Our friend, Lee, who’s a researcher at the National Institute of Health in Bethesda MD, visited us in L.A. last week while she was in town on business. We were socializing one evening when I mentioned that my father was a farmer from Indiana who dreamed of being a cowboy movie star. And Lee said, “My father WAS a cowboy star. He was a singing cowboy in Milwaukee when he was a boy. Jackie Kid Moore was his stage name.
Lee comes from a family of musical prodigies. When he was a boy, her father would perform in bars in Milwaukee. He was so good, and got so locally famous, that the family loaded all their belongings in a carrying wagon with ‘Jackie Kid Moore’ emblazoned across the back, and drove to Hollywood, to make the Kid a movie star. He owned a famous Martin guitar, and gave guitar lessons to Gene Autry. Then his voice changed. The Kid was a kid no more. And that was that. The end of his showbiz career.
My father, known locally in southern Indiana as ‘Cowboy Bob,’ collected unwanted and broken down horses. We rehabilitated them, and turned our family’s farm into a theme park centered around those cantankerous animals. Clover Leaf Park and Riding Stable, five miles southwest of Ireland, Indiana “Turn left on Highway Sixty Four a mile west of Ireland and follow the signs!” directed the announcer on our WITZ radio spots. It was like a movie in real life.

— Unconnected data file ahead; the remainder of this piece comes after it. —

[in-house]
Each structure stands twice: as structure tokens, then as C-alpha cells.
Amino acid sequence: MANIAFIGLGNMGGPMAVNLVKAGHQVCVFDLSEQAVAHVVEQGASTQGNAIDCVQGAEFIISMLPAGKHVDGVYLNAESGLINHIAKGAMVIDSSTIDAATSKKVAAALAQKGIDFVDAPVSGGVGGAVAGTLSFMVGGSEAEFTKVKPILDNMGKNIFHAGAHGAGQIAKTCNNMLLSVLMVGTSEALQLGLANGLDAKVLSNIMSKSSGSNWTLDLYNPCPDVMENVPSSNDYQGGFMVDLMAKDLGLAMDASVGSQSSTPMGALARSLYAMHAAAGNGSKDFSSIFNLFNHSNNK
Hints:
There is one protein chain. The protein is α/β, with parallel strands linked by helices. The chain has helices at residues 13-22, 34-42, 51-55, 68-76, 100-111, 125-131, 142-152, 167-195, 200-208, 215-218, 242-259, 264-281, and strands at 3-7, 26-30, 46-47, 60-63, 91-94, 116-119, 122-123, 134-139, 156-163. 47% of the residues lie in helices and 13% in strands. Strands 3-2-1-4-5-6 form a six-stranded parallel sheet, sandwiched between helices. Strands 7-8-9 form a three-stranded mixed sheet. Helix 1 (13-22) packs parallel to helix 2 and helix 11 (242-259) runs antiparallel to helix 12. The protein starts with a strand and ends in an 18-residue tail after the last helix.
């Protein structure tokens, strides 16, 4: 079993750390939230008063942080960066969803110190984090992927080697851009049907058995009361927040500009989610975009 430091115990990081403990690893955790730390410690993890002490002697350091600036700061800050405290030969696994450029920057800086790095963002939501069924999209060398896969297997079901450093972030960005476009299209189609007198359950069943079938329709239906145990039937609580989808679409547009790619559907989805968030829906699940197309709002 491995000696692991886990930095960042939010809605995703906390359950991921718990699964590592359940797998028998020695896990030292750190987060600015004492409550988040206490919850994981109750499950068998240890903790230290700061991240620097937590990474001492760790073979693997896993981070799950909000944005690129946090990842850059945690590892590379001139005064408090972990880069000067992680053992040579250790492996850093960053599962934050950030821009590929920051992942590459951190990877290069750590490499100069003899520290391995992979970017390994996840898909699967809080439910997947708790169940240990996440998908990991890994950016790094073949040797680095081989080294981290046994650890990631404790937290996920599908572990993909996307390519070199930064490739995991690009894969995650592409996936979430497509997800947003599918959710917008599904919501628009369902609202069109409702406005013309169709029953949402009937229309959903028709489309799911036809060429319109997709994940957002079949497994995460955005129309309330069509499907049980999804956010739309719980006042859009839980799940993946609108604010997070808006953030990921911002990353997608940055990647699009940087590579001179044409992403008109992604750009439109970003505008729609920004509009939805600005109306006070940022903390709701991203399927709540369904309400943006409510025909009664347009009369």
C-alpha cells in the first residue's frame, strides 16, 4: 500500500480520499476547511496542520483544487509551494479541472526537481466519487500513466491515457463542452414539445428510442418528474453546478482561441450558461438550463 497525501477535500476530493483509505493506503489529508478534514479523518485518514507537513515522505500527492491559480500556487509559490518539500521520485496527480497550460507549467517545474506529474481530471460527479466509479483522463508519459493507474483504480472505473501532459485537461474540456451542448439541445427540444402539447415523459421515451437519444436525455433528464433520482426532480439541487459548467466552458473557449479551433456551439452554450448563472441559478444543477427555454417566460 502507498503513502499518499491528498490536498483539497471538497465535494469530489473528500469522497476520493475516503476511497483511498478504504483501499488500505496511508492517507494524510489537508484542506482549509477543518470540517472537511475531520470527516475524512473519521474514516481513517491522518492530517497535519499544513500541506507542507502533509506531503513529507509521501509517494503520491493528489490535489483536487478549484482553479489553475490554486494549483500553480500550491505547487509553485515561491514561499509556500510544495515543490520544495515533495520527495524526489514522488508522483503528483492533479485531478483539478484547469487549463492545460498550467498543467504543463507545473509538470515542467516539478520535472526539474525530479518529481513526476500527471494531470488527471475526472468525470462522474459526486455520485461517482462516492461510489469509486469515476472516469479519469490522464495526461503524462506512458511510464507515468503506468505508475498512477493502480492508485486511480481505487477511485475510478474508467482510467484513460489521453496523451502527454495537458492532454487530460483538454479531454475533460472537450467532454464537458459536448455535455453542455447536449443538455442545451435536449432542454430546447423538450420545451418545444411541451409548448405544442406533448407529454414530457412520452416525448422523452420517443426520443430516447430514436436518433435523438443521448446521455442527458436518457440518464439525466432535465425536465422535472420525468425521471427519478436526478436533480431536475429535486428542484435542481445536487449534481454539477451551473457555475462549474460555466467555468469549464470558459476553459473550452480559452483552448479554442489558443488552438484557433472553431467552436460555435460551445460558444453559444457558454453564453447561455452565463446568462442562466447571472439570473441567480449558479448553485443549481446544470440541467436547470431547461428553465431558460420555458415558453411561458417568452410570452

Lee and I bonded like brother and sister on this one fact–that our fathers were both make-believe cowboys. Jackie Kid Moore and Cowboy Bob were kindred spirits. It gave us a whole new level of rapport. Of common ground.
A fast connection like this comes about through what we call Meta language. Meta language connects one story to many. Having made our connection, via the Meta language of ‘cowboy dads,’ Lee and I instantly had a thousand new directions to take the conversation. (We chose to talk mainly about cowboy guitars.)
What does this mean to your organization’s story? It means that using Meta language can instantly give you and your customers lots to talk about. A carefully crafted metaphor, analogy or symbol makes economical use of language, and gives you a thousand new ways to begin customer conversations, participate in their stories, and transact with them financially.